The Bank of England's monetary policy committee (MPC) leaft interest rates unchanged again this month, making it the 68th month in a row rates have been at a historic low of 0.5 per cent.
The Bank also left its quantitative easing programme at £375bn, even though across the pond, the Fed wound its programme to a close last month.
Although earlier in the year, it had been suggested by some that the MPC would raise rates sooner, rather than later, sentiment has changed in recent months as recovery in the Eurozone in and in Asian markets has begun to look increasingly shaky.
In the UK, wage growth and the labour market have both failed to show the strength of recovery the Bank had hoped for, with wage growth hitting an anaemic 1.2 per cent in September, according to Bank of England figures.
Although it had been widely expected in the spring, some analysts have hinted that the longed-for rise in interest rates may now not come until later in 2015.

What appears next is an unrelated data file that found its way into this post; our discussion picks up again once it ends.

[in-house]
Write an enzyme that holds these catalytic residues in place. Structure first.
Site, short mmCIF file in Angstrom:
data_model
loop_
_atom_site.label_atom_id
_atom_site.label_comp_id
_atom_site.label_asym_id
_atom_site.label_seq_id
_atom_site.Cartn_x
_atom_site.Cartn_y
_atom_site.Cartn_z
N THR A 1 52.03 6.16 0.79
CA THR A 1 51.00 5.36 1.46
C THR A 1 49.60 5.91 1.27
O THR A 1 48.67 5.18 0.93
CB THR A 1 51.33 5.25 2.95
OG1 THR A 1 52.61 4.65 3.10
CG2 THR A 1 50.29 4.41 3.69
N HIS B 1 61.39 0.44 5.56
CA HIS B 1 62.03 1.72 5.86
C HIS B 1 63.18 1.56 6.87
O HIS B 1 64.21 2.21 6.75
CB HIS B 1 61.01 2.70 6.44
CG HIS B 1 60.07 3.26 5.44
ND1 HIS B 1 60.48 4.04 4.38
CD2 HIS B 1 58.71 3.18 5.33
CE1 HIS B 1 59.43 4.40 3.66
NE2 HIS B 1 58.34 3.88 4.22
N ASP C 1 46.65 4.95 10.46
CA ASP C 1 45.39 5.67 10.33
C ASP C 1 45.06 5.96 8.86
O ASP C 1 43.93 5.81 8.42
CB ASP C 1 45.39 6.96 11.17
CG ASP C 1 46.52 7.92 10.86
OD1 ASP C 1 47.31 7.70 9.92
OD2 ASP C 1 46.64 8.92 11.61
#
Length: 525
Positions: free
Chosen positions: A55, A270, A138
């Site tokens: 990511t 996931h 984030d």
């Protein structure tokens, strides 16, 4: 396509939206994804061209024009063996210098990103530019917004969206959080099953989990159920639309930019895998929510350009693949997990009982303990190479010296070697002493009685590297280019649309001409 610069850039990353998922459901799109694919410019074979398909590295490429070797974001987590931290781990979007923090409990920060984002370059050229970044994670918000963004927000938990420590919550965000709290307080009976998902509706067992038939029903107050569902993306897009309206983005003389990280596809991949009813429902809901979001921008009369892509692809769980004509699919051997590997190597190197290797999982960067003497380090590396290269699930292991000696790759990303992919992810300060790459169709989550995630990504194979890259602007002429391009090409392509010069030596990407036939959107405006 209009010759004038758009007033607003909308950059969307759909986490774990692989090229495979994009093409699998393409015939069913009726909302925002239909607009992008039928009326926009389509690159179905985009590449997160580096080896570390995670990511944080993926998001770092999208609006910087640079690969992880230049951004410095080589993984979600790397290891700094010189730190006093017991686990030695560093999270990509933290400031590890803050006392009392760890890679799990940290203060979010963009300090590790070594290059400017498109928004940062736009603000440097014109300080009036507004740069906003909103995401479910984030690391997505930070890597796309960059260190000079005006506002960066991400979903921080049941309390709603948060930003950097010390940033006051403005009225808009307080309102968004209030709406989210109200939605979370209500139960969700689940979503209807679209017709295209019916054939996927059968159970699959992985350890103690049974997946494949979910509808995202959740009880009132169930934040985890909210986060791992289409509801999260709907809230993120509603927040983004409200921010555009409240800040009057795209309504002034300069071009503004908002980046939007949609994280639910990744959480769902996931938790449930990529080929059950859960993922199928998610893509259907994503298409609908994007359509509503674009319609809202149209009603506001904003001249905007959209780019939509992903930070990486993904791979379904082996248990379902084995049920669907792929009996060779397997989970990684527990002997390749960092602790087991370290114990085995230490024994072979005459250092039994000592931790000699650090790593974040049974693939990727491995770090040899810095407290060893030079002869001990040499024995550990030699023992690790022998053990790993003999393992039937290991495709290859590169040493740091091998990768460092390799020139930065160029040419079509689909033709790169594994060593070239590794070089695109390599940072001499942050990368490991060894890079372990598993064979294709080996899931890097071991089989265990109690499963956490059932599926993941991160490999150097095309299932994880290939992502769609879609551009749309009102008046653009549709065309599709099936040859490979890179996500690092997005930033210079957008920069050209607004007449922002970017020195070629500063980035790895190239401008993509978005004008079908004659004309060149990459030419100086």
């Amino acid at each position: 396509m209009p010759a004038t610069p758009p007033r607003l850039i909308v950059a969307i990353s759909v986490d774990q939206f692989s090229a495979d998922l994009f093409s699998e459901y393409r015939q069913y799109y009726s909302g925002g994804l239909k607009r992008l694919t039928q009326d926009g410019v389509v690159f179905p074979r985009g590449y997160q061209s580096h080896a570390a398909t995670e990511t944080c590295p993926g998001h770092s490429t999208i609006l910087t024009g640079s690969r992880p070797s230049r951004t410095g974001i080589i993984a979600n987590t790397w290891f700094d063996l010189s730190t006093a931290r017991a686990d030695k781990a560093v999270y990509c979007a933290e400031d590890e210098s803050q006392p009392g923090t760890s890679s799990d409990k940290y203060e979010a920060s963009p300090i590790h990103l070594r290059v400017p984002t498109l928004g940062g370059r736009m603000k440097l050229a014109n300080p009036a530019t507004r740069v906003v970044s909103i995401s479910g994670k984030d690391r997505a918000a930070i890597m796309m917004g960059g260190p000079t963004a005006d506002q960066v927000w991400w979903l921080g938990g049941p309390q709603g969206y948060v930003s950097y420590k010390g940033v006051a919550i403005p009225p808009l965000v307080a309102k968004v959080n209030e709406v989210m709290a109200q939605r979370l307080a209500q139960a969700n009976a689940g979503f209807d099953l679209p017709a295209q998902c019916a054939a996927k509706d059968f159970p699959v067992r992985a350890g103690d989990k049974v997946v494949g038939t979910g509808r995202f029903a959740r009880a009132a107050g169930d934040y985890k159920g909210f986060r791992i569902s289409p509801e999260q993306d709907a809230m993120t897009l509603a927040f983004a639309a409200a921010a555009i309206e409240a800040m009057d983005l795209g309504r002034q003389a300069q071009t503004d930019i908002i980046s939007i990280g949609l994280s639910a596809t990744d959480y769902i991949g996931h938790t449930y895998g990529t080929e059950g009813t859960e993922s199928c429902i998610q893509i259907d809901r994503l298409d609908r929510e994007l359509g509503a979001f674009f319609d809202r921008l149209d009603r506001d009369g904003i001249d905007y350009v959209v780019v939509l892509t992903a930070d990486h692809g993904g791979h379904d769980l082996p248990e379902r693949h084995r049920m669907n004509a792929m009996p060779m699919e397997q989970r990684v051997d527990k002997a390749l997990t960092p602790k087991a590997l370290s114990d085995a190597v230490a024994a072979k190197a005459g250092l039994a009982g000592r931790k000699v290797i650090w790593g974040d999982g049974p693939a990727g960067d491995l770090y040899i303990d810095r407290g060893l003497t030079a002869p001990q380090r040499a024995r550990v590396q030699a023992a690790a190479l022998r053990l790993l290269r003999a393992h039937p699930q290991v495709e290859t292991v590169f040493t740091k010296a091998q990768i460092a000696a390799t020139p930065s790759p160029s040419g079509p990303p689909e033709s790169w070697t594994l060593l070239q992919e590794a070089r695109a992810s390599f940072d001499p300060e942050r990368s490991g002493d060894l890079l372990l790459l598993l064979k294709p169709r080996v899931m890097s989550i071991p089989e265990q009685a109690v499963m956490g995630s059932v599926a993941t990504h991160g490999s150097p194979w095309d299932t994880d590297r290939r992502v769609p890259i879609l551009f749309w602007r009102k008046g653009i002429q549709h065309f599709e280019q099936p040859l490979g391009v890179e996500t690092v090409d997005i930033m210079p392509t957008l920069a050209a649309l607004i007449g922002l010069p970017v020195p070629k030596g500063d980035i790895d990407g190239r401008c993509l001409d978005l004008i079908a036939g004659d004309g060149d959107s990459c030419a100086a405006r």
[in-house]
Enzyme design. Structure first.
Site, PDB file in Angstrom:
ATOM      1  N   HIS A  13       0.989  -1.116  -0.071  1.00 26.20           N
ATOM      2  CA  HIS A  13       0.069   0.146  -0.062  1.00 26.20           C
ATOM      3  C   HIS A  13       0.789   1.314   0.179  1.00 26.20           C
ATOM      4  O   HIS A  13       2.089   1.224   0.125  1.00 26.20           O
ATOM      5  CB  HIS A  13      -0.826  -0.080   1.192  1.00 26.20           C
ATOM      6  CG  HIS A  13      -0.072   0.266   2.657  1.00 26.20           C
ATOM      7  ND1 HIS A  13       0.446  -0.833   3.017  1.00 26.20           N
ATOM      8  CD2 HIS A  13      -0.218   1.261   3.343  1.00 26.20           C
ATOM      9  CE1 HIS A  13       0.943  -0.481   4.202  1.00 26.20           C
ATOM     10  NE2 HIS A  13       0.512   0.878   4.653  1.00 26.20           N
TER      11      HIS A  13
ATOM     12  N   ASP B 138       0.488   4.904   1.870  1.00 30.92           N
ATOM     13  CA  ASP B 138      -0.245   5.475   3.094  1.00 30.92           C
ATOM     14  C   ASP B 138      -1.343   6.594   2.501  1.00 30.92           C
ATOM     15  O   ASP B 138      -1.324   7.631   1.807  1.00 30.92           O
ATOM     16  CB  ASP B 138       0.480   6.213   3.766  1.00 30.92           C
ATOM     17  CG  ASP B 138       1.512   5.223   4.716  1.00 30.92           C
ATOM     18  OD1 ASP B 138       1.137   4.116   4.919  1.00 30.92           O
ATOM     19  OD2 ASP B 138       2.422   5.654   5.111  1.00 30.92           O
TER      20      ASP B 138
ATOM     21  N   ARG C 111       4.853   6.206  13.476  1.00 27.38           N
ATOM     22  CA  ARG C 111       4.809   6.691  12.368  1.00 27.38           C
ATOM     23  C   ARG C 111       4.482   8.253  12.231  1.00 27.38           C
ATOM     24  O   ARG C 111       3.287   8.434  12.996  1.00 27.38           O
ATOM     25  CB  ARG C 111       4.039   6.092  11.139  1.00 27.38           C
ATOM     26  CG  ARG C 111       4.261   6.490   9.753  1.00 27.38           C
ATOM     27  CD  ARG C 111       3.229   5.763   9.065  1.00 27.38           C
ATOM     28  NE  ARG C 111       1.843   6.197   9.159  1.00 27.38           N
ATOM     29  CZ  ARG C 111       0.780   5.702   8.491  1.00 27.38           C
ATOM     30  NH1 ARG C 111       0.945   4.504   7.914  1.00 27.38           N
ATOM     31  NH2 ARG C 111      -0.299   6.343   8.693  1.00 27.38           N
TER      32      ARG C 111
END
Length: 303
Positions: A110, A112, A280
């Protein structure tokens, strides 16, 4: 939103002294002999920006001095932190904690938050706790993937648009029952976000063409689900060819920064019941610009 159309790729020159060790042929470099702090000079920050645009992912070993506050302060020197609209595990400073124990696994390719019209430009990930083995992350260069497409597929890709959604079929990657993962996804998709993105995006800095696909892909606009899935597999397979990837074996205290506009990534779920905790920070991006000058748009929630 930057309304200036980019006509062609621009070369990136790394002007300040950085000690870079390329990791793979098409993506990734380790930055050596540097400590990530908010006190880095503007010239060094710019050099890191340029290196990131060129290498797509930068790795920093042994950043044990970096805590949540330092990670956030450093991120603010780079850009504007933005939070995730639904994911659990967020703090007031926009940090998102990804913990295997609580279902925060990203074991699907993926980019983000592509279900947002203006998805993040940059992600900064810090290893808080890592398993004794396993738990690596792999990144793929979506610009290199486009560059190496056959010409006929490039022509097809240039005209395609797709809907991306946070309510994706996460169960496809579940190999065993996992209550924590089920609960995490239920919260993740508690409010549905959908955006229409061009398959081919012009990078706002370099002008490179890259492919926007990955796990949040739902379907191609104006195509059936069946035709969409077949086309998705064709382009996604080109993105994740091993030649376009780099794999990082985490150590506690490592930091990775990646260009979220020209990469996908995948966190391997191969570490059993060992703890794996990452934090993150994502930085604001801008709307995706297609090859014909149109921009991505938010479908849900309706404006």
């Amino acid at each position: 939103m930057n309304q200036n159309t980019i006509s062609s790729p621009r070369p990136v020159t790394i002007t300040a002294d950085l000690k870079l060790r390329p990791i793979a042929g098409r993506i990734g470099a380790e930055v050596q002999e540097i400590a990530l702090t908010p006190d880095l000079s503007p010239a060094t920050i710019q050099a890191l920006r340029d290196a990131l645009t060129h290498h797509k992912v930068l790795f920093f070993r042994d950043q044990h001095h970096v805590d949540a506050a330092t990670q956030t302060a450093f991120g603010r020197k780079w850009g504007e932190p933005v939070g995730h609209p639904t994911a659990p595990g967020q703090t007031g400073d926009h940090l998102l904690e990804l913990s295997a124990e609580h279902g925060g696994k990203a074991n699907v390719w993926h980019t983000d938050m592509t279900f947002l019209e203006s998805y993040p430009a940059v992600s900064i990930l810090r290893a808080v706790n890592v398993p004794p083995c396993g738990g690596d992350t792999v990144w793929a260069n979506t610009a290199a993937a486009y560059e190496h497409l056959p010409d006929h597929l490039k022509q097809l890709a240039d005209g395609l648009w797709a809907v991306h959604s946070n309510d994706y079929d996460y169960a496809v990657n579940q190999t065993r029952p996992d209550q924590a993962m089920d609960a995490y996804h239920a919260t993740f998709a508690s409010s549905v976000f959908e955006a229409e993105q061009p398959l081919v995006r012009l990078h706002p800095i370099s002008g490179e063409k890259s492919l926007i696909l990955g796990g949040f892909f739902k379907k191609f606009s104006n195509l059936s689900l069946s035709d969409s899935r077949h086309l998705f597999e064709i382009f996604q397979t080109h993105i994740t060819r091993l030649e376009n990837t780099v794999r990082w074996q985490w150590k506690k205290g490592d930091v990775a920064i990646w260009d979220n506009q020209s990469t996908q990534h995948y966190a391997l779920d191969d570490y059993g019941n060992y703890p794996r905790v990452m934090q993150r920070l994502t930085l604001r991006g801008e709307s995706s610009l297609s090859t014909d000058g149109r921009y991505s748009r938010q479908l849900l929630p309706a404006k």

Robert Wood, chief UK economist at Berenberg, said there is "no pressing need" to hike rates.
We look for the first hike in June 2015, after the General Election.
Our base case remains that the UK will see a mild slowing, with growth troughing at 0.6% qoq in Q4. That softer UK outlook has been triggered by events across the channel, especially in Ukraine and the subsequent impact of those on German growth. The manufacturing expansion has clearly slowed as troubles in core Europe triggered by escalating geopolitical tensions over the summer have taken their toll on internationally exposed industrial firms. We are cautious about near-term growth.